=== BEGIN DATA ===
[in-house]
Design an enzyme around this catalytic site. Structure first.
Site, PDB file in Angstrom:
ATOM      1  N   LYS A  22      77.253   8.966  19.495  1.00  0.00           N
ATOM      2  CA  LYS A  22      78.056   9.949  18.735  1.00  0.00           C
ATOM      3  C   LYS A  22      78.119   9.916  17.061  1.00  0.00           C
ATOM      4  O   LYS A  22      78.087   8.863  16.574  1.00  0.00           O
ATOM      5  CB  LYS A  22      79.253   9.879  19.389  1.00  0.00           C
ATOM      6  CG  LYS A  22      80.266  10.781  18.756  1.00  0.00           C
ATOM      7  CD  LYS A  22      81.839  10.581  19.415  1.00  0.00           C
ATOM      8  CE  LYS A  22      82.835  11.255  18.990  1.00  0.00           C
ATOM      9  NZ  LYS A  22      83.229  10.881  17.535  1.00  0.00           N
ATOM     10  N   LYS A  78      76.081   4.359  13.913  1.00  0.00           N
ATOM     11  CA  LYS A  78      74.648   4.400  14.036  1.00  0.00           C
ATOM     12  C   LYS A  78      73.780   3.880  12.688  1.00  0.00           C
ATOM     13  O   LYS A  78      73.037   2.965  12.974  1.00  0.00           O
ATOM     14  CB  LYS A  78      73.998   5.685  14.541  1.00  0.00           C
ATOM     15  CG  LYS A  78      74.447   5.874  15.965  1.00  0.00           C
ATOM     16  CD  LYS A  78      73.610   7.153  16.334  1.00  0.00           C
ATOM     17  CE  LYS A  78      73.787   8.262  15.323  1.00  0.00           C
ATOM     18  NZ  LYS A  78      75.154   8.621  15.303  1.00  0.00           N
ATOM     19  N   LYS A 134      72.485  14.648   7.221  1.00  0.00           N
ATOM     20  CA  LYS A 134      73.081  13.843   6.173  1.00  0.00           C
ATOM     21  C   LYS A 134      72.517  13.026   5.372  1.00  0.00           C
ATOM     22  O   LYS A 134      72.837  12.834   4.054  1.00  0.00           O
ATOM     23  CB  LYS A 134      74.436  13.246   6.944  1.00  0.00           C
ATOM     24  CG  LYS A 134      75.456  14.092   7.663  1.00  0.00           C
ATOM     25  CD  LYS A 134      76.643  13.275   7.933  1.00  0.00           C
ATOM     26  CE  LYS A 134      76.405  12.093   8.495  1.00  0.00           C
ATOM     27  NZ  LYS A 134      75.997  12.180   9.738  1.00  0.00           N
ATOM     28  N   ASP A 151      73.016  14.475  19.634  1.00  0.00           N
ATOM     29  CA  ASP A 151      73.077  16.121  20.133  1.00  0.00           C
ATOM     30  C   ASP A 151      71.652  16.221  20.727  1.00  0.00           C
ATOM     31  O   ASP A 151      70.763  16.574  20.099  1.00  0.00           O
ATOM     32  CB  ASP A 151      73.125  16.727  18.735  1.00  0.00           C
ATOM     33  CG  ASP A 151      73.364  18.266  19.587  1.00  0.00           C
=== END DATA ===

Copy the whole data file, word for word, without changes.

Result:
[in-house]
Design an enzyme around this catalytic site. Structure first.
Site, PDB file in Angstrom:
ATOM      1  N   LYS A  22      77.253   8.966  19.495  1.00  0.00           N
ATOM      2  CA  LYS A  22      78.056   9.949  18.735  1.00  0.00           C
ATOM      3  C   LYS A  22      78.119   9.916  17.061  1.00  0.00           C
ATOM      4  O   LYS A  22      78.087   8.863  16.574  1.00  0.00           O
ATOM      5  CB  LYS A  22      79.253   9.879  19.389  1.00  0.00           C
ATOM      6  CG  LYS A  22      80.266  10.781  18.756  1.00  0.00           C
ATOM      7  CD  LYS A  22      81.839  10.581  19.415  1.00  0.00           C
ATOM      8  CE  LYS A  22      82.835  11.255  18.990  1.00  0.00           C
ATOM      9  NZ  LYS A  22      83.229  10.881  17.535  1.00  0.00           N
ATOM     10  N   LYS A  78      76.081   4.359  13.913  1.00  0.00           N
ATOM     11  CA  LYS A  78      74.648   4.400  14.036  1.00  0.00           C
ATOM     12  C   LYS A  78      73.780   3.880  12.688  1.00  0.00           C
ATOM     13  O   LYS A  78      73.037   2.965  12.974  1.00  0.00           O
ATOM     14  CB  LYS A  78      73.998   5.685  14.541  1.00  0.00           C
ATOM     15  CG  LYS A  78      74.447   5.874  15.965  1.00  0.00           C
ATOM     16  CD  LYS A  78      73.610   7.153  16.334  1.00  0.00           C
ATOM     17  CE  LYS A  78      73.787   8.262  15.323  1.00  0.00           C
ATOM     18  NZ  LYS A  78      75.154   8.621  15.303  1.00  0.00           N
ATOM     19  N   LYS A 134      72.485  14.648   7.221  1.00  0.00           N
ATOM     20  CA  LYS A 134      73.081  13.843   6.173  1.00  0.00           C
ATOM     21  C   LYS A 134      72.517  13.026   5.372  1.00  0.00           C
ATOM     22  O   LYS A 134      72.837  12.834   4.054  1.00  0.00           O
ATOM     23  CB  LYS A 134      74.436  13.246   6.944  1.00  0.00           C
ATOM     24  CG  LYS A 134      75.456  14.092   7.663  1.00  0.00           C
ATOM     25  CD  LYS A 134      76.643  13.275   7.933  1.00  0.00           C
ATOM     26  CE  LYS A 134      76.405  12.093   8.495  1.00  0.00           C
ATOM     27  NZ  LYS A 134      75.997  12.180   9.738  1.00  0.00           N
ATOM     28  N   ASP A 151      73.016  14.475  19.634  1.00  0.00           N
ATOM     29  CA  ASP A 151      73.077  16.121  20.133  1.00  0.00           C
ATOM     30  C   ASP A 151      71.652  16.221  20.727  1.00  0.00           C
ATOM     31  O   ASP A 151      70.763  16.574  20.099  1.00  0.00           O
ATOM     32  CB  ASP A 151      73.125  16.727  18.735  1.00  0.00           C
ATOM     33  CG  ASP A 151      73.364  18.266  19.587  1.00  0.00           C